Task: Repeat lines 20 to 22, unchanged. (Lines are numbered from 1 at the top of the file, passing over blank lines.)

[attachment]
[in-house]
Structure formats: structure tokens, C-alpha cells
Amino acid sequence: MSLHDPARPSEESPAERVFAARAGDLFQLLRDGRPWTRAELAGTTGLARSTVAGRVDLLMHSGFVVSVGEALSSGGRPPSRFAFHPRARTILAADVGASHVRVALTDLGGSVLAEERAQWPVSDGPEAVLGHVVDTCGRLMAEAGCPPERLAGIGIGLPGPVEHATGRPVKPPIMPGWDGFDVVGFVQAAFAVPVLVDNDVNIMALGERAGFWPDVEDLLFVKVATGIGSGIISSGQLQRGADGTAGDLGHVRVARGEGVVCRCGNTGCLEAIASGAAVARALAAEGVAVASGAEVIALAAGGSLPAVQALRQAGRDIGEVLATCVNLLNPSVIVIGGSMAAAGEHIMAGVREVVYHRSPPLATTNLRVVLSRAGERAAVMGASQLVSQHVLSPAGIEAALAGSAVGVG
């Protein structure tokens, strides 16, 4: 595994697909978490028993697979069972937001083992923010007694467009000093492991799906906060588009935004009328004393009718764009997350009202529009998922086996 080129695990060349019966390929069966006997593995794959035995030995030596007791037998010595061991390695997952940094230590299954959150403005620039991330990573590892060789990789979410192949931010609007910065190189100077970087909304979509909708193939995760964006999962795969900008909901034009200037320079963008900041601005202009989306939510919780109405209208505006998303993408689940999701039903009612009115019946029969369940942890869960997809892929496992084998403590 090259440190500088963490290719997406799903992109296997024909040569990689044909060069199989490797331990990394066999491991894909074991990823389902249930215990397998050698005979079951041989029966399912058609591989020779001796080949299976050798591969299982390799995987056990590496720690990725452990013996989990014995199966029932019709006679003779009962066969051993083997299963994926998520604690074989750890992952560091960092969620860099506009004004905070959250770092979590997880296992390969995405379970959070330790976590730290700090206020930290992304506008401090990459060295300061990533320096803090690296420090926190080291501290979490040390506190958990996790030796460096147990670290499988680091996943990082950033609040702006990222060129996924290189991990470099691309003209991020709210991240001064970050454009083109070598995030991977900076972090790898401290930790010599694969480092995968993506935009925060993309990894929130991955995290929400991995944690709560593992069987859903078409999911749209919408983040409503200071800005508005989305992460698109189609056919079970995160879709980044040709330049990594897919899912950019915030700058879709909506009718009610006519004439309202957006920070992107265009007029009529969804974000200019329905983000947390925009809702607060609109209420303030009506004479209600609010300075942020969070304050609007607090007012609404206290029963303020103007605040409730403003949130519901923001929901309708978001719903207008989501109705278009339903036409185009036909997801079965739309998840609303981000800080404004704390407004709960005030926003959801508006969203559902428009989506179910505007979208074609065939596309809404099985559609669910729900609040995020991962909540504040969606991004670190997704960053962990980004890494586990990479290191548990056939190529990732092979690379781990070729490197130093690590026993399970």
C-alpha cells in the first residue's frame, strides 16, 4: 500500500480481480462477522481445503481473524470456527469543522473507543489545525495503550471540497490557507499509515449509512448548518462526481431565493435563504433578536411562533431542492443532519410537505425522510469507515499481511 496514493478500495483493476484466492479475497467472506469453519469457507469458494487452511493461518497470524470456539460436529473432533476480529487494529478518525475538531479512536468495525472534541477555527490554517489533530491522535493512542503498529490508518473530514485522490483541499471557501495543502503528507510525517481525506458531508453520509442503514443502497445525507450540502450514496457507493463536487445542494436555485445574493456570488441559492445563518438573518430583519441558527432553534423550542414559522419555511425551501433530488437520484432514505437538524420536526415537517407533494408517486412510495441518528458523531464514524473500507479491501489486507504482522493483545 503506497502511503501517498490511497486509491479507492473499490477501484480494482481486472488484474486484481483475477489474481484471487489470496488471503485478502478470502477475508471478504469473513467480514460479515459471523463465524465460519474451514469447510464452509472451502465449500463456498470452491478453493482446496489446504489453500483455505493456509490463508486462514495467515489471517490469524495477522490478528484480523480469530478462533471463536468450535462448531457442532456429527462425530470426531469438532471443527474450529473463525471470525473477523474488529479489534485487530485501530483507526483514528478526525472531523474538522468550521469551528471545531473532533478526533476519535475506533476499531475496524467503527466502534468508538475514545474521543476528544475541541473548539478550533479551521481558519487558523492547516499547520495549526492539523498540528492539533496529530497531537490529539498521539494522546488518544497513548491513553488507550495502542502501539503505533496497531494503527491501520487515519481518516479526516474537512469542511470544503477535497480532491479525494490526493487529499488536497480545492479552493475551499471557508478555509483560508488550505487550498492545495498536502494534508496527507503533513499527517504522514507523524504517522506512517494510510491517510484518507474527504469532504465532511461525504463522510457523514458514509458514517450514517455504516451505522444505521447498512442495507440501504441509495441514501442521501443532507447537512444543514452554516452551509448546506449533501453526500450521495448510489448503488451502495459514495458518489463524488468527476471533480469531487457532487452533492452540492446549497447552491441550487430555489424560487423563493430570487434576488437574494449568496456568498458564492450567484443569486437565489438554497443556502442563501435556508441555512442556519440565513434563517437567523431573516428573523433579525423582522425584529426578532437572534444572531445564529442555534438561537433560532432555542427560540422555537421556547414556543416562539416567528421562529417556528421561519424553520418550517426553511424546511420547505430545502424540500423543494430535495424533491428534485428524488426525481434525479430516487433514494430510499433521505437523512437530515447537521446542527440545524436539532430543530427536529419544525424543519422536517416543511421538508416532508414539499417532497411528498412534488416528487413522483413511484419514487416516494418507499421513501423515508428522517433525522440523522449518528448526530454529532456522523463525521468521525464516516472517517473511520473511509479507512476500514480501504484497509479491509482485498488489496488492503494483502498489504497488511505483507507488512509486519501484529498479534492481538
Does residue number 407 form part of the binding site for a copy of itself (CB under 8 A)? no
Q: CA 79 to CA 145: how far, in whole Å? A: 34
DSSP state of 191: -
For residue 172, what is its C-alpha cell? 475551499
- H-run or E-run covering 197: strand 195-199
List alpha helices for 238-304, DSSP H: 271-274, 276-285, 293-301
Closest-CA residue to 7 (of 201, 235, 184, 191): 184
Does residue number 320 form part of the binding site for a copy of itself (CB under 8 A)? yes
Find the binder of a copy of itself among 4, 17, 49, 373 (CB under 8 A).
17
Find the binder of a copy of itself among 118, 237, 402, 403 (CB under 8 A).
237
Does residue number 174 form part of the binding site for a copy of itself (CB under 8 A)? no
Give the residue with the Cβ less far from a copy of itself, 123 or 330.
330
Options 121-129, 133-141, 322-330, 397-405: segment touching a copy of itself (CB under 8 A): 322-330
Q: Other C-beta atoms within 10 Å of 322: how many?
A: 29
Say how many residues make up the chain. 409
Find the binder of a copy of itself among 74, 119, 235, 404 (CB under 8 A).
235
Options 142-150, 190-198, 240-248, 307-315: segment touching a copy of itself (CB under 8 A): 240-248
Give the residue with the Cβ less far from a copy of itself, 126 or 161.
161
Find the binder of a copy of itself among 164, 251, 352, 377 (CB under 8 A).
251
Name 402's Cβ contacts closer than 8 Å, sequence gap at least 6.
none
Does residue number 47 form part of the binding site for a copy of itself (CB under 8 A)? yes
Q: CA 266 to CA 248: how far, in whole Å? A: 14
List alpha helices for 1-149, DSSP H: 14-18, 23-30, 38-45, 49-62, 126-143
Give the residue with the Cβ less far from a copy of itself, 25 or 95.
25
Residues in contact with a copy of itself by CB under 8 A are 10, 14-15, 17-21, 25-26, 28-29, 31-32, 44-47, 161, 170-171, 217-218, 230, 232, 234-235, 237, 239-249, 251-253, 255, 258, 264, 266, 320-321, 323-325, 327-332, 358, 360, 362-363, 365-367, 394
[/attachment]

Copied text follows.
330
Options 121-129, 133-141, 322-330, 397-405: segment touching a copy of itself (CB under 8 A): 322-330
Q: Other C-beta atoms within 10 Å of 322: how many?